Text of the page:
I had work to do in plenty, but I could not apply my mind to it; and now, although the obvious and sensible thing was to go about my business, I wandered on aimlessly, my brain employed with a hundred idle conjectures and the query, “Where have I seen The Stetson Man?” seeming to beat, like a tattoo, in my brain. There was something magnetic about the accursed slipper, for without knowing by what route I had arrived there, I found myself in Great Orchard Street and close under the walls of the British Antiquarian Museum. Then I was effectually aroused from my reverie.
Two men, both tall, stood in the shadow of a doorway on the Opposite side of the street, staring intently up at the Museum windows. It was a tropically hot afternoon and they stood in deepest shadow. No one else was in Orchard Street—that odd little backwater—at the time, and they stood gazing upward intently and gave me not even a passing glance.
But I knew one for the Oriental visitor of the morning, and despite broad noonday and the hum of busy London about me, my blood seemed to turn to water. I stood rooted to the spot, held there by a most surprising horror.
For the gray-bearded figure of the other watcher was one I could never forget; its benignity was associated with the most horrible hours of my life, with deeds so dreadful that recollection to this day sometimes breaks my sleep, arousing me in the still watches, bathed in a cold sweat of fear.
It was Hassan of Aleppo!
If he saw me, if either of them saw me, I cannot say. What I should have done, what I might have done it is useless to speak of here —for I did nothing. Inert, thralled by the presence of that eerie, dreadful being, I watched them leave the shadow of the doorway and pace slowly on with their dignified Eastern gait.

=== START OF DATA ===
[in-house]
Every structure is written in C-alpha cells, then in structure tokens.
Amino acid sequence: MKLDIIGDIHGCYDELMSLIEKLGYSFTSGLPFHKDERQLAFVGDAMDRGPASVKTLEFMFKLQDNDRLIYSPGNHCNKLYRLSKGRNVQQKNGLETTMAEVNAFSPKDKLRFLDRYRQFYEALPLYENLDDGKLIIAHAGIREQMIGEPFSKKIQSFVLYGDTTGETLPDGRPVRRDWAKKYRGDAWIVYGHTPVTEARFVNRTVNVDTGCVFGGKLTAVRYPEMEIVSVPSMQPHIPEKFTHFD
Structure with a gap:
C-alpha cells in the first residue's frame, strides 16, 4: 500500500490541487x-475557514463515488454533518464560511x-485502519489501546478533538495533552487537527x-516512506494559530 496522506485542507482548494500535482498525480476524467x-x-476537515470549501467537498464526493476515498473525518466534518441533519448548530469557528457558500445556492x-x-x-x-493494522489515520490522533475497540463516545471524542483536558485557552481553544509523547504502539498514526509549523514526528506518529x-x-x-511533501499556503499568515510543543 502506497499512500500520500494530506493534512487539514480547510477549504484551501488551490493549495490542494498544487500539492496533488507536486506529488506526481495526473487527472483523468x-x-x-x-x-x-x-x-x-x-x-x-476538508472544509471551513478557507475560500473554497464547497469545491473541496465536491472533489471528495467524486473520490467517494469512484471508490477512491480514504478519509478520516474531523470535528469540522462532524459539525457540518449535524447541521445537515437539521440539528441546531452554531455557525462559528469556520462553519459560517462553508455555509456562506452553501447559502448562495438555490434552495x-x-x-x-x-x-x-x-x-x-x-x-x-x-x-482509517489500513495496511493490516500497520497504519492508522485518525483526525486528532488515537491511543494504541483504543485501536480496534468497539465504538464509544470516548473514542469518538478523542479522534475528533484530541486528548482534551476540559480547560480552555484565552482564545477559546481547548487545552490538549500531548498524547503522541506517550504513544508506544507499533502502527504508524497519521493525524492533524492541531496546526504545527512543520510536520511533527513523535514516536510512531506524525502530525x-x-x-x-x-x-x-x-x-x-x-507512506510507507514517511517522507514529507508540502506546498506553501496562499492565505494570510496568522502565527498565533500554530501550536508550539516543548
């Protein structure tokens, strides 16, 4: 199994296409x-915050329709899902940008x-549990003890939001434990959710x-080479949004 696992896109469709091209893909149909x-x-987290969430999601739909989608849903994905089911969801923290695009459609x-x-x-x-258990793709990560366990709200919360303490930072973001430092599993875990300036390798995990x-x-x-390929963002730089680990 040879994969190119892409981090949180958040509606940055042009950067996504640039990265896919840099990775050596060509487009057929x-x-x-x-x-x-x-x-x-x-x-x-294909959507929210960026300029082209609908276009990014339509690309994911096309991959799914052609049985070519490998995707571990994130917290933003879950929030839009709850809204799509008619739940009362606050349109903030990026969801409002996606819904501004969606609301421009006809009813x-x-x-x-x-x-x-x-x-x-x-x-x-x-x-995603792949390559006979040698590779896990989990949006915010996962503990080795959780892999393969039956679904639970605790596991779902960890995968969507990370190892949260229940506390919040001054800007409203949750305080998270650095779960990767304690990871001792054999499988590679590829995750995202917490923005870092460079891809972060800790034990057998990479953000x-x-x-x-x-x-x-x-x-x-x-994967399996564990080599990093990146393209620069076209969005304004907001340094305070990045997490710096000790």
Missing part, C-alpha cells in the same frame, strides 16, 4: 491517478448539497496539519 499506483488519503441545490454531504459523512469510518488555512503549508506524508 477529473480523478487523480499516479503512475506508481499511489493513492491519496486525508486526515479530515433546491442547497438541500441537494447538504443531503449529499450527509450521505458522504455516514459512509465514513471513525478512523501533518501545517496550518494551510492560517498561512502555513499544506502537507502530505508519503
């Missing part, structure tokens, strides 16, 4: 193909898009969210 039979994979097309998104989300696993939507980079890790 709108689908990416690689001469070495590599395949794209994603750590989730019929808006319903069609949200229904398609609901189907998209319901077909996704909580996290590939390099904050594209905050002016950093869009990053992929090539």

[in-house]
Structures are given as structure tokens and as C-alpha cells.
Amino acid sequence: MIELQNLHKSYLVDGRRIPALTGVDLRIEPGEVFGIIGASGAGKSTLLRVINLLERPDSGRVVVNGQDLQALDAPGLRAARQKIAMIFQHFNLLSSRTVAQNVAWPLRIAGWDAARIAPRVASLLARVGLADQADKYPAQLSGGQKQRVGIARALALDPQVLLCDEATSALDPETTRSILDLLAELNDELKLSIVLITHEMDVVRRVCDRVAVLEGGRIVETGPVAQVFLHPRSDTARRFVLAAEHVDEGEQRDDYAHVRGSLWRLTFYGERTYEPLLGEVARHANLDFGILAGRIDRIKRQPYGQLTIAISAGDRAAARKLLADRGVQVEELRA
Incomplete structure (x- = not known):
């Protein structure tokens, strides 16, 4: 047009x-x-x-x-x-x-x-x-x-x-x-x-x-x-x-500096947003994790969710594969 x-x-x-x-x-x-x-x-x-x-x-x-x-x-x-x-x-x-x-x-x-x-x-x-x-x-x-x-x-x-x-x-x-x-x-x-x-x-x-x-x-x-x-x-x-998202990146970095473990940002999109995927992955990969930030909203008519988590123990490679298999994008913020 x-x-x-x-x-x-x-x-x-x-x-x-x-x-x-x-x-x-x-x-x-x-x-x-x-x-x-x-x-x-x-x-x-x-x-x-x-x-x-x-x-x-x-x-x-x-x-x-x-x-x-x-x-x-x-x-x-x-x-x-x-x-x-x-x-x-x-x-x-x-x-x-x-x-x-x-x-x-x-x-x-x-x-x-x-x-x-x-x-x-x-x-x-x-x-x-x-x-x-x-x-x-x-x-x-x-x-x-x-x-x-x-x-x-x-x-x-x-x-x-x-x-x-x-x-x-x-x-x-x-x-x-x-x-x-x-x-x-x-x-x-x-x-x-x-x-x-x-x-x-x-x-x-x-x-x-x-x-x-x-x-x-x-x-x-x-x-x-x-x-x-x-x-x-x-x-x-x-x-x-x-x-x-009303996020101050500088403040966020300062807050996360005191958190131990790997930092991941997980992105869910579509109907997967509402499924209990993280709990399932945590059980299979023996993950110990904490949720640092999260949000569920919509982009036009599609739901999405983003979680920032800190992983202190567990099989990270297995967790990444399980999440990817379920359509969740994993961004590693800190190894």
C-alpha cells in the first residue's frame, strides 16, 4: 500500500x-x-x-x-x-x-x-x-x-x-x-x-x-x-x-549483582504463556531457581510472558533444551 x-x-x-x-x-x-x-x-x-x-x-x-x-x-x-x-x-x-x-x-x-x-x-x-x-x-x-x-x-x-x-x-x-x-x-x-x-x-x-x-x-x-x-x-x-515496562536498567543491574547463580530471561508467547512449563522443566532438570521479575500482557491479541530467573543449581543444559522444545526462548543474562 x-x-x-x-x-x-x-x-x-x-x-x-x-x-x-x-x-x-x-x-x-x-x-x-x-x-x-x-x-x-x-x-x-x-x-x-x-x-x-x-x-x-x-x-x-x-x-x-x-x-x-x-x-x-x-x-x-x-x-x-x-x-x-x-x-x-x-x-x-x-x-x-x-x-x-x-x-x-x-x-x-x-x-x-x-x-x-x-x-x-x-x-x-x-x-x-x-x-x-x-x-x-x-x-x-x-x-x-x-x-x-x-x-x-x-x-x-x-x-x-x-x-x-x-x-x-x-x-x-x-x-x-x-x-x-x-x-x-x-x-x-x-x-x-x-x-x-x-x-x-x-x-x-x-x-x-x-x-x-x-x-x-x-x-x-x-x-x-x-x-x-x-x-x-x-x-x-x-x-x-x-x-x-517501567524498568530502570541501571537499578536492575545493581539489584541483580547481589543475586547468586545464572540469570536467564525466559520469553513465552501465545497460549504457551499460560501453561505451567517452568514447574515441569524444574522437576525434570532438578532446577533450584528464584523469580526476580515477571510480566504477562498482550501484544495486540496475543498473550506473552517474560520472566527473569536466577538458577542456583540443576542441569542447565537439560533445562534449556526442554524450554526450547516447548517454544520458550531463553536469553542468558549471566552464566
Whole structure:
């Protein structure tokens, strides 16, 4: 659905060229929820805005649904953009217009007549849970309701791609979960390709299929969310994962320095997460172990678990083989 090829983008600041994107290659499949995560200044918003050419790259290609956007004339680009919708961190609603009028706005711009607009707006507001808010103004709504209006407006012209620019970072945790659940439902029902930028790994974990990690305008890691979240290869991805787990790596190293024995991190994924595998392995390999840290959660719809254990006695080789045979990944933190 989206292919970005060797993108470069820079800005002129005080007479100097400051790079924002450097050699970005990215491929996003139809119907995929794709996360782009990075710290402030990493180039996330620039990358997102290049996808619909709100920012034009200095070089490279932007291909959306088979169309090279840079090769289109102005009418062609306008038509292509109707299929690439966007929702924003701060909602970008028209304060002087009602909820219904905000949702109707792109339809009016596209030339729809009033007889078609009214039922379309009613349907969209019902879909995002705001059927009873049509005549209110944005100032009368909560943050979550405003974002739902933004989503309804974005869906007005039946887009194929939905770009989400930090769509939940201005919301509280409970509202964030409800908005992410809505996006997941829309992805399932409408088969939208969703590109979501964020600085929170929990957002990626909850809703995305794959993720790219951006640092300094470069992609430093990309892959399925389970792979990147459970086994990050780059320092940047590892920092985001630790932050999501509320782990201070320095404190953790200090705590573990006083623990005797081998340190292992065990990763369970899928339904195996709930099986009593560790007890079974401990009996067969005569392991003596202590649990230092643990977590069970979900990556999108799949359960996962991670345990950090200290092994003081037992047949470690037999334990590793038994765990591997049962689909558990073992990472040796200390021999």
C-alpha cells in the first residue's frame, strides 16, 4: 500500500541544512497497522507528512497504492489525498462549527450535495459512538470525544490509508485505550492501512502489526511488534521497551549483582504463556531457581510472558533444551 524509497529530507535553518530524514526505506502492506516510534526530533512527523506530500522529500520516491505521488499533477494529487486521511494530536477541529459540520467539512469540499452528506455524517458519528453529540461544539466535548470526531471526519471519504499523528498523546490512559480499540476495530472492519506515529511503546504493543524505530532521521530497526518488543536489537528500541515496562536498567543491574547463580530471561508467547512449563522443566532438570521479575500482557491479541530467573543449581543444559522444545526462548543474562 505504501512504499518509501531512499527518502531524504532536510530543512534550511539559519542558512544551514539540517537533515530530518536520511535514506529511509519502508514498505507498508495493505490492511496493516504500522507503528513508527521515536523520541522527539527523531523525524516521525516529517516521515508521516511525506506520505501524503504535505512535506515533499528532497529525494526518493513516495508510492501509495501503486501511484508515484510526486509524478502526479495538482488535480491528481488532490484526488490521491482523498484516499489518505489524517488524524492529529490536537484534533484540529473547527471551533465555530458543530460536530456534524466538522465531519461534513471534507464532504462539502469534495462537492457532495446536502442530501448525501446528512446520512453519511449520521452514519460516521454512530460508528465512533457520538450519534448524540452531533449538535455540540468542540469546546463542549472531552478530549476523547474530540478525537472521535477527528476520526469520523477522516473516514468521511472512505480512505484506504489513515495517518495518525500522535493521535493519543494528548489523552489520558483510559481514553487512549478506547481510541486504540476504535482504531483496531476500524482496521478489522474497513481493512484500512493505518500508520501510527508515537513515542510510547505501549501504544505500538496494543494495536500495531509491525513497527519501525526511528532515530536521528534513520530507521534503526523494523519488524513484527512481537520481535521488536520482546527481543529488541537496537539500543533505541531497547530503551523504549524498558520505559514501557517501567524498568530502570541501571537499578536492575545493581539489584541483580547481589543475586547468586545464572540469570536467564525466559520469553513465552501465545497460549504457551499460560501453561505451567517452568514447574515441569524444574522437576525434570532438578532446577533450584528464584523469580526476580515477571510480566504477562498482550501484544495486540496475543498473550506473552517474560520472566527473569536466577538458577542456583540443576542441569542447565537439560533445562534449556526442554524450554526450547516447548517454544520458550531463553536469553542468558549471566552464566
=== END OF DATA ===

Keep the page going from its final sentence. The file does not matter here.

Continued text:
Then, knowing how I had failed in my plain duty to my fellow-men —how, finding a serpent in my path, I had hesitated to crush it, had weakly succumbed to its uncanny fascination—I made my way round to the door of the Museum.
THE WHITE BEAM
That night the deviltry began. Mr. Mostyn found himself wholly unable to sleep. Many relics have curious histories, and the experienced archaeologist becomes callous to that uncanniness which seems to attach to some gruesome curios. But the slipper of the Prophet was different. No mere ghostly menace threatened its holders; an avenging scimitar followed those who came in contact with it; gruesome tragedies, mutilations, murders, had marked its progress throughout.
The night was still—as still as a London night can be; for there is always a vague murmuring in the metropolis as though the sleeping city breathed gently and sometimes stirred in its sleep.
Then, distinct amid these usual nocturnal noises, rose another, unaccountable sound, a muffled crash followed by a musical tinkling.